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Every October, the baseball world experiences a flurry of excitement during the playoffs, which are full of surprises no one is braced for.  There’s a tension throughout every game, inning and pitch, since every little thing — however insignificant it may seem — will surely affect the outcome of the game.

This year’s World Series pits a perennial powerhouse team that exemplifies hitting against an unexpected team that — despite the doubts of many statisticians  — threw together a magical combination of strategy and superior play by unforseen contributors  to win the chance to compete this late in the postseason.

How manager Tony La Russa led St. Louis, which features first baseman Albert Pujols and outfielder Matt Holliday, and flew under the radar all the while is a feat in itself. And with outfielder Lance Berkman forgetting his age and up-and-coming third baseman David Freese hitting .425 in the postseason, the Cardinals’ offense is as potent as any other playoff team.

Well, any team that isn’t Texas.

It’s safe to say that no pitcher would be at ease when facing slugging right fielder Nelson Cruz, but no pitcher wants to face the six other hitters batting in front of Cruz either. A mind-boggling lineup of second baseman Ian Kinsler, shorstop Elvis Andrus, outfielder Josh Hamilton, designated hitter Michael Young, third baseman Adrian Beltre and catcher Mike Napoli have hit their way to the team’s second straight World Series  appearance.

Texas’ alarming amount of offensive depth will no doubt play a role in this year’s Series outcome.  Each hitter brings a quality just as dangerous as the hitter before him. Kinsler is the dual home run and stolen base threat, Young is the undisputed team leader and Andrus is the rising talent who could become the next National League batting champion — just to name a few.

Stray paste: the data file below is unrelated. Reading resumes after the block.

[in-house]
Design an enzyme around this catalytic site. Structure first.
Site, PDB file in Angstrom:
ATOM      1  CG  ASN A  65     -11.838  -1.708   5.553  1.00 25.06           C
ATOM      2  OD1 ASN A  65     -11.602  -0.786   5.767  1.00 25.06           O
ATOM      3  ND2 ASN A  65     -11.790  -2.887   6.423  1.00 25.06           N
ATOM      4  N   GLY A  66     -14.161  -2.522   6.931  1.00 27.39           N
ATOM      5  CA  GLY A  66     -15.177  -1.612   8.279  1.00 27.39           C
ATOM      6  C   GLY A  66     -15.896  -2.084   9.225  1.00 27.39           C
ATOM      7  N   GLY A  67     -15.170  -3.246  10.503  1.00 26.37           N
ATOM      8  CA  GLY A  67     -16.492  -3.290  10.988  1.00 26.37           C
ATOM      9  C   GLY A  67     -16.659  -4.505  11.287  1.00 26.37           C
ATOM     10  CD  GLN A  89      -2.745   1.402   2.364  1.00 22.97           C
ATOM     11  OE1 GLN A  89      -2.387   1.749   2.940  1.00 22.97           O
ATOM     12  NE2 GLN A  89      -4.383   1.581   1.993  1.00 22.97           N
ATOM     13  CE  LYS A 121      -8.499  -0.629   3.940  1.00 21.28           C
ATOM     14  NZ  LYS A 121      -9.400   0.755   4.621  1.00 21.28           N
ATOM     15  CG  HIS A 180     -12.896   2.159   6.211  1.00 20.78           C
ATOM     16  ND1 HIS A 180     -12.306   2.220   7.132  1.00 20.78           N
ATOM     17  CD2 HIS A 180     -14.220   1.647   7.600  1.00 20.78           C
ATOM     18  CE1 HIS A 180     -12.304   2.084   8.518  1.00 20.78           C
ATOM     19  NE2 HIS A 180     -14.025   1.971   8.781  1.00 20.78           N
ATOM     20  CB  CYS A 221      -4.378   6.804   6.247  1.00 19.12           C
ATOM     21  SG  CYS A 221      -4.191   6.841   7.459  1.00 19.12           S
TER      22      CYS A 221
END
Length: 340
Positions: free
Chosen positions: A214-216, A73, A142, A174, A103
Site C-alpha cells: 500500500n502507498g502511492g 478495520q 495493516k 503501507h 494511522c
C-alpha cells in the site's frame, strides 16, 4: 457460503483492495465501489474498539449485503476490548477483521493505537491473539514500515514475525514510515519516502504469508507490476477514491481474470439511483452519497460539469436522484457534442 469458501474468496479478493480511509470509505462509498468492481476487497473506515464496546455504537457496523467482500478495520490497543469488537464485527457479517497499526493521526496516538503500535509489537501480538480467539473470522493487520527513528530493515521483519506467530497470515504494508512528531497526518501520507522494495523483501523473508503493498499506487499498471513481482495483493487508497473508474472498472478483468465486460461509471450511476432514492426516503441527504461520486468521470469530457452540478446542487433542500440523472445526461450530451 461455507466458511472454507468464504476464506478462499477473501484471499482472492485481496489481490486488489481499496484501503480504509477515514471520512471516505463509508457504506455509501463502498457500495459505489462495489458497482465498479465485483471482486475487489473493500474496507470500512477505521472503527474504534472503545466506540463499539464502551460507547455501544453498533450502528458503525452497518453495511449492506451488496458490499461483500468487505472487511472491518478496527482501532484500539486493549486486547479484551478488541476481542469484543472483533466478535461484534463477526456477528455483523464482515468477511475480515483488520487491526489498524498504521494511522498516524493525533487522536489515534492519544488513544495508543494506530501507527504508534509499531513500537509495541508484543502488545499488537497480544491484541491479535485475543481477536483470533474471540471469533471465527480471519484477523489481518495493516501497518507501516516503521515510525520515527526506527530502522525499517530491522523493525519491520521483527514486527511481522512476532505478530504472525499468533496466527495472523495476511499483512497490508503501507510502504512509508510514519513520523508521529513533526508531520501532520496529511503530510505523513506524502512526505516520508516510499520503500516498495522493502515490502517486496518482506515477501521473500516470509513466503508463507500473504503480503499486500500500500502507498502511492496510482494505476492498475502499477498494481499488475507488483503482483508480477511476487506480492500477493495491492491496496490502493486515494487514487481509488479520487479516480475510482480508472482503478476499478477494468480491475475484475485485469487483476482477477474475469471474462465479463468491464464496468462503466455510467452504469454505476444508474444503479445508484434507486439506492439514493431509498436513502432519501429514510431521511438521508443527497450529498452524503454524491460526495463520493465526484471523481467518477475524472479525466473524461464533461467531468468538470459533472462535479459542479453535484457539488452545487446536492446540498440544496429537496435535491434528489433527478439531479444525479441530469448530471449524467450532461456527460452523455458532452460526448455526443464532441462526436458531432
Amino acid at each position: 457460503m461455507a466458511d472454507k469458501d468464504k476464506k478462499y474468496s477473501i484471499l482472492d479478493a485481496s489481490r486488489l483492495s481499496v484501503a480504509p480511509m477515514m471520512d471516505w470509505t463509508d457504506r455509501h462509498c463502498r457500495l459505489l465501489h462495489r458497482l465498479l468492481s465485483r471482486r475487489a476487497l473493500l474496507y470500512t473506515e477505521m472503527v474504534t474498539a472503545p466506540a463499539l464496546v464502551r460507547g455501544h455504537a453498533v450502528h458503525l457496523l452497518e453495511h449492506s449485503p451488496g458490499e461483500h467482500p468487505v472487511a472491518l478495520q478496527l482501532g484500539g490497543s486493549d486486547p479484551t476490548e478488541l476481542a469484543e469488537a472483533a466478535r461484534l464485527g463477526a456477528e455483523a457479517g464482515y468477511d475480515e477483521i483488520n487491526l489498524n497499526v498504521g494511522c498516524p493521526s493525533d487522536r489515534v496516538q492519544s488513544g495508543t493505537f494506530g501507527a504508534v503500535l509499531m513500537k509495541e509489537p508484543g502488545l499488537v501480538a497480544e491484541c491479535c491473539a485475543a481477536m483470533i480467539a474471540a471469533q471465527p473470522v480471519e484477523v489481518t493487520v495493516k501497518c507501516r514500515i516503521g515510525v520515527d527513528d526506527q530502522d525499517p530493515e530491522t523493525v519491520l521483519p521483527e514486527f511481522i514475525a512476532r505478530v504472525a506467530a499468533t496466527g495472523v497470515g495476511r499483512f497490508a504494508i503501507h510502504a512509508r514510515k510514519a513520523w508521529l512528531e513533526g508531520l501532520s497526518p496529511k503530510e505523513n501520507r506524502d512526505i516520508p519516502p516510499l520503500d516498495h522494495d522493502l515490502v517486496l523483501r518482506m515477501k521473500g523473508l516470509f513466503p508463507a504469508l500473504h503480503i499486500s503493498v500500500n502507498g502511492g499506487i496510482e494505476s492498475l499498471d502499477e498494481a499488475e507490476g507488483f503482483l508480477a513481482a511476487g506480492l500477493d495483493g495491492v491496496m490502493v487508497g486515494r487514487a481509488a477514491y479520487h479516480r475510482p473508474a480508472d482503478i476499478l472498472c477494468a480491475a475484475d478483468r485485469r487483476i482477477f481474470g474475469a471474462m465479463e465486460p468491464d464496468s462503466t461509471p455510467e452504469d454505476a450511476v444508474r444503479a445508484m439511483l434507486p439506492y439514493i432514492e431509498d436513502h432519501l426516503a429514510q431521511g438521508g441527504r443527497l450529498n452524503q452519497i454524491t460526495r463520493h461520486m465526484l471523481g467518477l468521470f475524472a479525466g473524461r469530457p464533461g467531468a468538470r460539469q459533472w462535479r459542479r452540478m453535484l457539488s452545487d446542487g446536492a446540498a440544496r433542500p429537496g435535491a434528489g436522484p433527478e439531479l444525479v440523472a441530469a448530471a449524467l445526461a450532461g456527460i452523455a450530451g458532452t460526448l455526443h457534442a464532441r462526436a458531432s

One variable many fans overlook in the World Series equation, however, is management — and I believe that is where this year’s champion will truly shine.

On one side of the diamond, there’s La Russa — who, by all accounts, is one of the best managers the game has ever seen.  Throughout the years, he has come as close to mastering the chess match of baseball games as any other manager.  Yet, as much as La Russa brings to the game in the form of thinking through plays and lineups, he does little during the game itself as far as connecting with his players — a vital role of the manager, especially when a kind word or crucial guidance from the team leader could make or break extra-inning games, which tends to happen in the postseason. Where managers such as the Tampa Bay Rays’ Joe Maddon have made a career out of forming relationships with each and every one of his athletes,  La Russa, by contrast, stares stone-faced onto the field, never getting too excited or discouraged.

Texas’ Ron Washington means even more to his team.  Leaning over the dugout for all nine innings, Washington might be the most animated Ranger. Washington and veterans like Young provide positive energy for the talented hitters to feed off of.
As it has throughout October thus far, the element of unpredictability will weave itself into the World Series. Thus, as nothing can be totally planned out, the Texas Rangers’ slugging and spirit will prevail over the strategizing St. Louis Cardinals in five games.

McAndrew is a member of the class of 2015.

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